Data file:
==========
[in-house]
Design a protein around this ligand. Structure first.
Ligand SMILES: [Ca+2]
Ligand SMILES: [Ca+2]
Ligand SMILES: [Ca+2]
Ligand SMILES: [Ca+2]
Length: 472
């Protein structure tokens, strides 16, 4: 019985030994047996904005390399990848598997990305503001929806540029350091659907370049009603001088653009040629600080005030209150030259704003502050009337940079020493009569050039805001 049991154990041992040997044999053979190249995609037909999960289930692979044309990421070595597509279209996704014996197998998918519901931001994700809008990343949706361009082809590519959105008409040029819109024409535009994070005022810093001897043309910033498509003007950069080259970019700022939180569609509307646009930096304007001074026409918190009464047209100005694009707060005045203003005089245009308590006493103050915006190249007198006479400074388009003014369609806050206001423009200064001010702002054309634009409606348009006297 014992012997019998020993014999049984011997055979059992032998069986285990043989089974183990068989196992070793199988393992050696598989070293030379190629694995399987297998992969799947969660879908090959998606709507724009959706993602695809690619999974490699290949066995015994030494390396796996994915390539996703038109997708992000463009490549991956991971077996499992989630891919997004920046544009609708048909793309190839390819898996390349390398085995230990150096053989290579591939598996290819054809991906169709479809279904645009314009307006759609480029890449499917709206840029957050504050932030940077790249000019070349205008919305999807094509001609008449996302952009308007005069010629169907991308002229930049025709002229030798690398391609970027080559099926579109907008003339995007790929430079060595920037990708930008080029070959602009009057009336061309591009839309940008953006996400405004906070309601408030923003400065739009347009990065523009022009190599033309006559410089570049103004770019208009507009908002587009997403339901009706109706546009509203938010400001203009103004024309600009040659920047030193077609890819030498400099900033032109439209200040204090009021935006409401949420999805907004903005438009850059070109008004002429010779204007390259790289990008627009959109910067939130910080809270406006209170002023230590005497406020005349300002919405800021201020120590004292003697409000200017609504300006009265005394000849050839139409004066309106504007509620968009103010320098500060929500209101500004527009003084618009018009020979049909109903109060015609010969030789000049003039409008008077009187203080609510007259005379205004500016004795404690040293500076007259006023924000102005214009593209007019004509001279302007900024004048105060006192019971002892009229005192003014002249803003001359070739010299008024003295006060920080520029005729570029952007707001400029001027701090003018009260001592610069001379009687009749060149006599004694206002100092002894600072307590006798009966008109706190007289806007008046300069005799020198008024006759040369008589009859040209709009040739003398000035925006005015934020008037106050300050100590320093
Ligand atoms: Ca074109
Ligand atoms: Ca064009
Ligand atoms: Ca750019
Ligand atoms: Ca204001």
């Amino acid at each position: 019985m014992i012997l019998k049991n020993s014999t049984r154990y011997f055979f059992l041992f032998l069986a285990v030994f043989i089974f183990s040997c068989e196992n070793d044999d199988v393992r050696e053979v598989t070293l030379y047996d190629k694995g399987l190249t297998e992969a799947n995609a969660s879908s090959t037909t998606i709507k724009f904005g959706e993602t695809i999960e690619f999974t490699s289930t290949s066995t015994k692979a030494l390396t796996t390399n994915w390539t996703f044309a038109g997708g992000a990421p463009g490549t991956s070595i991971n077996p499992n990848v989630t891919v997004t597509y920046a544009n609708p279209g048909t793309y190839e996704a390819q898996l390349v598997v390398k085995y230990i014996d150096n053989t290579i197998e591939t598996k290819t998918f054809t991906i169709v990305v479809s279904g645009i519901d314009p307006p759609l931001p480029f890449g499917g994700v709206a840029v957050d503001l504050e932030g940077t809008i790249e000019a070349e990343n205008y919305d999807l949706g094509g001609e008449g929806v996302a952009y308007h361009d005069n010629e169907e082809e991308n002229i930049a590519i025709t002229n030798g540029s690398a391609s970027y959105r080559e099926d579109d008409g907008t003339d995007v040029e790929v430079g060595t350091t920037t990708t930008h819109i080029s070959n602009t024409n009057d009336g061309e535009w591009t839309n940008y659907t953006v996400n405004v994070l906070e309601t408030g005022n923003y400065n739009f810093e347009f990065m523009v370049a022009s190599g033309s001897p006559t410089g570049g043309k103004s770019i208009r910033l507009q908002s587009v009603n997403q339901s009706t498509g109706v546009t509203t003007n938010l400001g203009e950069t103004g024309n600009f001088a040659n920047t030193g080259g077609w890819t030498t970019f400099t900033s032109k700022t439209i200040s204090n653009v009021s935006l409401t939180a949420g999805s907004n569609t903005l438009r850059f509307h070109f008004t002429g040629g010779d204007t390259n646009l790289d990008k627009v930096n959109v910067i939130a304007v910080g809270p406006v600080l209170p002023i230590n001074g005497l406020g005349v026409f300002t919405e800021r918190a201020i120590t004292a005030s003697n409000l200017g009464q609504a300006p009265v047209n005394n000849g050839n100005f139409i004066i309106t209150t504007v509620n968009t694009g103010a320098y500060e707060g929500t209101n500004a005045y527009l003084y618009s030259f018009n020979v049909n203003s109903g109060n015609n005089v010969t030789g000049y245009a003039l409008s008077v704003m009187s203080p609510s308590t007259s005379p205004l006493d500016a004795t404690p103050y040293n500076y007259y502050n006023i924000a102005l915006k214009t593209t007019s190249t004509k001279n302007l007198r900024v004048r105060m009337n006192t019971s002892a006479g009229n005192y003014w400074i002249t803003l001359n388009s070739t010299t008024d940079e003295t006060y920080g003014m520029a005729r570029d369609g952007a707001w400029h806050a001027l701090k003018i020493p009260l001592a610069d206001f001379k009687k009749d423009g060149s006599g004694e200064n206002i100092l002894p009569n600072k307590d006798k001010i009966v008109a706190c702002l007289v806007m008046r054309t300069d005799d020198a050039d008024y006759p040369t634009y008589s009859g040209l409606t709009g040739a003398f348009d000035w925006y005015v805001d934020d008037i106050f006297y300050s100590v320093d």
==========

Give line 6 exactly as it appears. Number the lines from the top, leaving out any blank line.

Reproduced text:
Ligand SMILES: [Ca+2]